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Harrison Guy
Artistic Director, Urban Souls Dance Company

Harrison Guy is the Artistic Director of Urban Souls Dance Company, an award winning company that's treading new ground and making its voice heard throughout the community and nationally. Urban Souls' work tackles issues and ideas that push some audiences to new ways of thinking, Harrison's newest work Pink Slip is "about gentrification, and looks at how we enter communities that are already established." Pink Slip will premiere as part of Dance Source Houston's Truck Dances on November 12.

Interview

tCAL: What is Urban Souls?

Urban Souls Dance Company is modern company that specializes in exploring African-American, culture, heritage, and expression. During my schooling, I noticed a void in companies presenting work that represents this demographic.

What are the particulars of working with an African-American ensemble?

Currently our ensemble is entirely African-American. But we have had non-black members in the past. Since our works always focus on African-American culture, it takes a special person to not be of the demographic and still want to be part of this mission as a performer.

There are some differences/challenges with our organization as well. There is a well lived issue with equity in the arts. I’ve found that culturally specific organizations experience many challenges due to the lack of a honesty and understanding in relation to these equity issues. I often feel that arts communities want to present a narrative that everything is rainbows and flowers in creative communities. And that’s simply not always the case.

How does your social justice mission affect your reception, and dance-making?

It’s a double-edged sword. It’s great because allows people to experience what’s going on the word in a different in a way. We put tough themes in the laps of our audience, but give them the ability to control how, when, and if they  engage in the narrative. They have the ability to think about it now, or never. We’ve had people come back years later and say, “Now I get it.”

On the other side, people are often leery of what this experience might be for them. They are nervous of being bashed for not being black, or feeling like they are out of place. I knew this [social justice mission] would be a challenge in the beginning, but I wanted to do something different than abstract work

Was it your goal to be in arts administration/leadership?

During school, I didn’t think far ahead about being in arts leadership. I would have preferred to only be a dancer or choreographer. But you need arts leadership in order for your arts entity to be successful, and I  couldn’t afford to pay anyone to do that job for me. So I was forced into the role as many creatives are. I didn’t know this was where my career was headed.

Do you still find time to do your own creative work?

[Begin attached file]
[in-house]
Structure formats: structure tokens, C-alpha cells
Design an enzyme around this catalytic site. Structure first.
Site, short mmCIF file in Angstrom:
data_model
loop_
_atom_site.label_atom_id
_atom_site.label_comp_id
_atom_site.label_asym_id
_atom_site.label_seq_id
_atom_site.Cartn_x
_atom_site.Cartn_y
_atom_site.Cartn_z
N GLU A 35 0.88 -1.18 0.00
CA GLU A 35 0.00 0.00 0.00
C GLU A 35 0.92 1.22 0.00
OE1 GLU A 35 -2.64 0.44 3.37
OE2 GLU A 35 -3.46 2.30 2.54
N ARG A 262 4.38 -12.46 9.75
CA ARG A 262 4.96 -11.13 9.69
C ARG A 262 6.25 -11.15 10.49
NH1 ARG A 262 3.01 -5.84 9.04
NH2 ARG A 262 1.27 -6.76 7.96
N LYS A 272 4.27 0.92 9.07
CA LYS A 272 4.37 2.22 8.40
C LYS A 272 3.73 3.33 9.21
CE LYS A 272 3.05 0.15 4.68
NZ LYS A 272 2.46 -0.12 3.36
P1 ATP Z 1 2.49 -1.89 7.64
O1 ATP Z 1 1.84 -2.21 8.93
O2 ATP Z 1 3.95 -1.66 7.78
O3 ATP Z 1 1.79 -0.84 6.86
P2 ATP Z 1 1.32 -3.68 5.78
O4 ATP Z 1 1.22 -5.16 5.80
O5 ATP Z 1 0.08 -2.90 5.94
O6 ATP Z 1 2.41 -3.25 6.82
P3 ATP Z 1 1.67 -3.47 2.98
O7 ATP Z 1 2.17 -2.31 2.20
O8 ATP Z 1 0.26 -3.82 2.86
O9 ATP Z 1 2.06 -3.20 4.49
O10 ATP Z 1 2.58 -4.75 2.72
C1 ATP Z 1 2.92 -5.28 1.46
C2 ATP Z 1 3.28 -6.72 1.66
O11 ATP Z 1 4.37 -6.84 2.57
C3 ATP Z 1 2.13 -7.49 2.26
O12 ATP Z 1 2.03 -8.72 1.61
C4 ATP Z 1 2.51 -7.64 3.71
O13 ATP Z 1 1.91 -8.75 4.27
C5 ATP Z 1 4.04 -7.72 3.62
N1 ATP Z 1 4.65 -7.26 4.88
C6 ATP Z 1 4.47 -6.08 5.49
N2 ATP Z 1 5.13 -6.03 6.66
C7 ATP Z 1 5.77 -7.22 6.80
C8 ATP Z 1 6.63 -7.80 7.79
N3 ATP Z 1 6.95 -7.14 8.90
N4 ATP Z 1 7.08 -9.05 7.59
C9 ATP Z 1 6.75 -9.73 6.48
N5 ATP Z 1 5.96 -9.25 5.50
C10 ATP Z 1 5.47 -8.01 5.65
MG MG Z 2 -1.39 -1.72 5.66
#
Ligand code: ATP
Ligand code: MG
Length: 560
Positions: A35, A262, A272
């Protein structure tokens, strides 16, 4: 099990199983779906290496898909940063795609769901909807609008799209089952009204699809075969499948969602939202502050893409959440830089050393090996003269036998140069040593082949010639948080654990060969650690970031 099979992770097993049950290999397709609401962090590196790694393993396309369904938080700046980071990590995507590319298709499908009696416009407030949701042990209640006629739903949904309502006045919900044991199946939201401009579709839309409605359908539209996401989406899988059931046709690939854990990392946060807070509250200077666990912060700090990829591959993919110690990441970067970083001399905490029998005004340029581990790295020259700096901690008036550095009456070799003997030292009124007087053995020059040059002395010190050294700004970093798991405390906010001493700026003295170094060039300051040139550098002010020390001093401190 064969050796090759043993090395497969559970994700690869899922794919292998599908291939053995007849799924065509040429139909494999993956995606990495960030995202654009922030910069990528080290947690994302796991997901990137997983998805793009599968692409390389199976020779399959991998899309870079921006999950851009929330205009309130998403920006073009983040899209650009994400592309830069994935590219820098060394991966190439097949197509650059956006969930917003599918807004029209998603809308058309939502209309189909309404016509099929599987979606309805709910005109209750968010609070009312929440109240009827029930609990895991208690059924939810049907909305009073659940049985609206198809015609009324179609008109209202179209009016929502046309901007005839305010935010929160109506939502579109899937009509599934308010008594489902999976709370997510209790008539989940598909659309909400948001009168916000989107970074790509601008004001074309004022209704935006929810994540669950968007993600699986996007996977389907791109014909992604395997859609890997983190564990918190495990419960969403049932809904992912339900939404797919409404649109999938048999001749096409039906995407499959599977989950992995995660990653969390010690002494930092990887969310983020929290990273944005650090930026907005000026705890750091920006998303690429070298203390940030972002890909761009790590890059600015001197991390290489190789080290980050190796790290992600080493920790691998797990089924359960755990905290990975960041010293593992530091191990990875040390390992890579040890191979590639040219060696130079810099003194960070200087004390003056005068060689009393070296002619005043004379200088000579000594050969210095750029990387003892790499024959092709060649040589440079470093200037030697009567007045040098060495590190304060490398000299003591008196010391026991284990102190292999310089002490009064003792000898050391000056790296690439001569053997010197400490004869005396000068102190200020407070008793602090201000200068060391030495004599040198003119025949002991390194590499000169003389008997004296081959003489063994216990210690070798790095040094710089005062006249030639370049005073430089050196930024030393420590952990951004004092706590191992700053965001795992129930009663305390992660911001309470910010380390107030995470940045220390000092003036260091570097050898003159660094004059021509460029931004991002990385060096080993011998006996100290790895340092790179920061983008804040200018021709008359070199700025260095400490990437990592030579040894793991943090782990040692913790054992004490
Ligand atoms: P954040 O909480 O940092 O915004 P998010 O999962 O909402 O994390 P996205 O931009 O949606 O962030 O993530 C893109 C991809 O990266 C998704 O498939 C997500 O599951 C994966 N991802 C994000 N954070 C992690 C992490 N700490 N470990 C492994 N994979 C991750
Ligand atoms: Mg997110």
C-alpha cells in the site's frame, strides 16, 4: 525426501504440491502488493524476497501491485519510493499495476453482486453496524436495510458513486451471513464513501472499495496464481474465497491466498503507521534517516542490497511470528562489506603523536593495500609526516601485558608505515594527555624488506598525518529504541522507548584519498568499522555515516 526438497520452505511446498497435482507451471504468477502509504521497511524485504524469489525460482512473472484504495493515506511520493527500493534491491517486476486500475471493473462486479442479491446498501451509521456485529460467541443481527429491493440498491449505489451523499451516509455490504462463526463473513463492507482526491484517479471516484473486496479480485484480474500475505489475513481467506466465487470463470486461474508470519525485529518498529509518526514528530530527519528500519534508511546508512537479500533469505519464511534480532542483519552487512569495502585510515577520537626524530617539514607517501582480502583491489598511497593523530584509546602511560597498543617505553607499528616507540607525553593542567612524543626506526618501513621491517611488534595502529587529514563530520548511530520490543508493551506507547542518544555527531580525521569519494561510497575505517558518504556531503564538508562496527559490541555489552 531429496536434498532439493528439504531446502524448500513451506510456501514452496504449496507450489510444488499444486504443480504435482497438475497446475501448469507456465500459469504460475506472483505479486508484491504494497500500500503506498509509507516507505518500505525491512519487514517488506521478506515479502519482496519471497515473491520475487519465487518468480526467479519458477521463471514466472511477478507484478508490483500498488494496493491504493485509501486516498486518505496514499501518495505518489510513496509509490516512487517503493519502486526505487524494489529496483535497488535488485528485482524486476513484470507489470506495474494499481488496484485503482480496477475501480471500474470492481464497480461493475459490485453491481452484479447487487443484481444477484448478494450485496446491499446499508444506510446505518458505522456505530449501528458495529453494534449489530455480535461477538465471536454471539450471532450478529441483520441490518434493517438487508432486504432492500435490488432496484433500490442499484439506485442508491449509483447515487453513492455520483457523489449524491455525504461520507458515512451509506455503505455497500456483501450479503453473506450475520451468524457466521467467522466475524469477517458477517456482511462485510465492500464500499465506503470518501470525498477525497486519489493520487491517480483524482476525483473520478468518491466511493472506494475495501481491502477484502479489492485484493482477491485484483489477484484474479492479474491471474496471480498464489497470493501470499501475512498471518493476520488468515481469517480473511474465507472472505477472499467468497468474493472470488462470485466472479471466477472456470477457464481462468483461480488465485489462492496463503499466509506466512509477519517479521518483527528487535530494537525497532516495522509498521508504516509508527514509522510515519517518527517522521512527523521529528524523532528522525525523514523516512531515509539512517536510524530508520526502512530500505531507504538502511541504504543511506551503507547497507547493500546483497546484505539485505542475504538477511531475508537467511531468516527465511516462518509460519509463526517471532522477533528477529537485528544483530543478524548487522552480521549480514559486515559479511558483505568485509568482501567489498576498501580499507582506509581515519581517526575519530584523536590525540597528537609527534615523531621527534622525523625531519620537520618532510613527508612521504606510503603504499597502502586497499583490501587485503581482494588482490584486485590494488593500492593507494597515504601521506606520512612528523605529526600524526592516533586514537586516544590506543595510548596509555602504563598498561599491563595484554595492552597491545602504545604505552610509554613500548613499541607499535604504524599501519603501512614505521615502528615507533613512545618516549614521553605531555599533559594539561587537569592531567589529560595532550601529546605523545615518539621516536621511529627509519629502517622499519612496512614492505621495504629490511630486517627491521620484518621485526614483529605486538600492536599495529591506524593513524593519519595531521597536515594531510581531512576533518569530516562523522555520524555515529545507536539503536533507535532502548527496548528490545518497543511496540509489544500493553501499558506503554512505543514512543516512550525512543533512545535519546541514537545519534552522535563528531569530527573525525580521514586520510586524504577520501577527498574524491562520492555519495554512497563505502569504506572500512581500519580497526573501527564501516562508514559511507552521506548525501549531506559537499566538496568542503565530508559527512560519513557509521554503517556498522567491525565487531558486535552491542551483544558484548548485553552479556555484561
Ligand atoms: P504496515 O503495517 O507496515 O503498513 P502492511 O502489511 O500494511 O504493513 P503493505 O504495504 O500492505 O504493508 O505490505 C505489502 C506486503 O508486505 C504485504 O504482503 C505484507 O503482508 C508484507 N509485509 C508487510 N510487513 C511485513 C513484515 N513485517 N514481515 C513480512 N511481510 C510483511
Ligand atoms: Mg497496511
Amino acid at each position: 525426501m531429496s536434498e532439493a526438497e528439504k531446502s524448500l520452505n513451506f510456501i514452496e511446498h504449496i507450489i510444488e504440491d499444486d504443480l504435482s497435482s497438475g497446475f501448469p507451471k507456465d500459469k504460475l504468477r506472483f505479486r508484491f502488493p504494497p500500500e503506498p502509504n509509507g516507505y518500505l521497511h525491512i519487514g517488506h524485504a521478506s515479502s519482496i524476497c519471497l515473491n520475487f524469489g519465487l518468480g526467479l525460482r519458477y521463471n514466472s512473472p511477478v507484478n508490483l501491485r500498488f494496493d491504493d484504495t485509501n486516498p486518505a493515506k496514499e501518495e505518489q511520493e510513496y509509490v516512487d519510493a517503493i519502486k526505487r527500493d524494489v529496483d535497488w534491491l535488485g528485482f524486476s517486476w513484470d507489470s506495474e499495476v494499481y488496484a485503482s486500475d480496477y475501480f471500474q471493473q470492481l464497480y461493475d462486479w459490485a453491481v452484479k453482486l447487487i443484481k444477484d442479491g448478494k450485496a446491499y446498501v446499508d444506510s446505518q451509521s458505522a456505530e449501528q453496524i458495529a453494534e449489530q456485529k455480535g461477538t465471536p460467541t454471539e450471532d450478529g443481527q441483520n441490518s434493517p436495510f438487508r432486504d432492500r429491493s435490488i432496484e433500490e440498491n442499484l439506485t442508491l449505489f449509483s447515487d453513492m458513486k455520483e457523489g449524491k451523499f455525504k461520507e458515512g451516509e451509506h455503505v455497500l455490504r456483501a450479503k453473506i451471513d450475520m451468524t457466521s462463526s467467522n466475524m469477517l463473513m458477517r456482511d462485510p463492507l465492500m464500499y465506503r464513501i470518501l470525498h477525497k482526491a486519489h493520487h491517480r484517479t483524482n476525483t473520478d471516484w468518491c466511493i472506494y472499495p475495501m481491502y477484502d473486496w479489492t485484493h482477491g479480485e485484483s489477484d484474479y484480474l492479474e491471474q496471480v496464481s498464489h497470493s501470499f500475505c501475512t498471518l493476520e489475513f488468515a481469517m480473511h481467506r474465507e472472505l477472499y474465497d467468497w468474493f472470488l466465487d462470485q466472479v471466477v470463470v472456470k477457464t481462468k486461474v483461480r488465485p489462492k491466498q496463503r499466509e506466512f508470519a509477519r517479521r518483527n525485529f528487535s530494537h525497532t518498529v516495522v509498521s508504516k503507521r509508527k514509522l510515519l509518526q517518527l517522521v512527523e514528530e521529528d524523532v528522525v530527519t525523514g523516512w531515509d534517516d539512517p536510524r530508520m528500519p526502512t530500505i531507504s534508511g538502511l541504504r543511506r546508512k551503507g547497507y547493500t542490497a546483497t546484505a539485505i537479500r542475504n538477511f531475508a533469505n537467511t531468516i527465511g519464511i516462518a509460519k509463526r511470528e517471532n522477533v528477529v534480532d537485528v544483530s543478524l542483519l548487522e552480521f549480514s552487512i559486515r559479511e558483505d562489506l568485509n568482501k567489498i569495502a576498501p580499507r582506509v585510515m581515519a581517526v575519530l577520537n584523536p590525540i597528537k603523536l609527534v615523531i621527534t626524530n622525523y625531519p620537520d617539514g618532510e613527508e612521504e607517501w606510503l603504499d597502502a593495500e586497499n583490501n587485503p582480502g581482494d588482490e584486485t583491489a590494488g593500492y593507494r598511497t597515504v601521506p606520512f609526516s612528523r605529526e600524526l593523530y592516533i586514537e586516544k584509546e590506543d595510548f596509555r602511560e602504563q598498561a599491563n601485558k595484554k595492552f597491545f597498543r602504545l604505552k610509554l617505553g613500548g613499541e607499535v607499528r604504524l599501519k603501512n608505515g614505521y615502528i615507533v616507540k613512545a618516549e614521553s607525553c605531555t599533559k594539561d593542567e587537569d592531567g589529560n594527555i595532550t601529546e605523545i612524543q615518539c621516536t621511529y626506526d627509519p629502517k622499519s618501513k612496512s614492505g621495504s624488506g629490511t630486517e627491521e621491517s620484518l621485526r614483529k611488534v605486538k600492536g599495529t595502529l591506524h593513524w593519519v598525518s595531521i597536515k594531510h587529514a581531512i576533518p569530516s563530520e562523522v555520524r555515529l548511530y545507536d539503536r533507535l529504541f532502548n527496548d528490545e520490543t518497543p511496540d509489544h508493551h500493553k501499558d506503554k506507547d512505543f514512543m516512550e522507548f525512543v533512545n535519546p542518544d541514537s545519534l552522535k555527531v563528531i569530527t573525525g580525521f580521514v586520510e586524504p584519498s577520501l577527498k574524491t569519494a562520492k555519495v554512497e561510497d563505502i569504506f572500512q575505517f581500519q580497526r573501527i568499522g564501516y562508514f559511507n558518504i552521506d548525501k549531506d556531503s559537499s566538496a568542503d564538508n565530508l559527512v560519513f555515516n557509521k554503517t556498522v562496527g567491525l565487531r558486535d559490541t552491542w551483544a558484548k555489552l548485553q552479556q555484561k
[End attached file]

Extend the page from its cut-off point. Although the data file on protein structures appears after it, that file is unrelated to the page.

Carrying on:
I have taken a bit of break to reconsider my personal creative work/practices. As I identify a lack of administrative leadership in the black dance community in Houston. I see that as a great opportunity for me. This means I may not able to do as much with my personal artistic practices. It’s a catch-22: because the company needs the arts leadership part of me. So I’ll do about 20% practice, 80% leadership. It’s a sacrifice.

What is a pressing issue you’ve noticed in the arts community, and what is your response to this?

Aside from the equity discrepancies, the process to apply for grants is problematic. All nonprofit organizations apply in the same way. There’s no consideration for what type of organizations these are, or the diversity in applicants. It’s currently a streamlined, structured process, form one point of view. There needs to be more thought put into types of people and organizations that might be applying to make the funds more accessible.

What do you have you found to be the philosophy of art leaders in our community?

What I’ve learned about arts leaders through my work as a collaborator, is there is a lack of innovation. Often, we continually replay what has already been done. There’s not a lot of risk taking going on. By nature, arts leaders are supposed to be different (more creative) than business leaders. But I don’t generally see creativity infused in their administrative processes. We are also sometimes so focused on the mission of our own organizations  that  our tunnel vision doesn’t really support collaborative thinking. I think Houston has great potential because it’s a city that is not over saturated. The challenge is taking more risk and filling those voids with new innovative ideas.

You're going to be featured at the upcoming Dance Sourdce Houston Event. Can you tell us more about the event and your new work?

Truck Dances is a very cool concept to be DanceSource Houston’s only fundraising event. We back two U-Haul trucks into the dance studio and perform in the truck boxes. It’s great to be able to support our city’s resource. 

urban souls


Interview was conducted by Jackie Bartling-John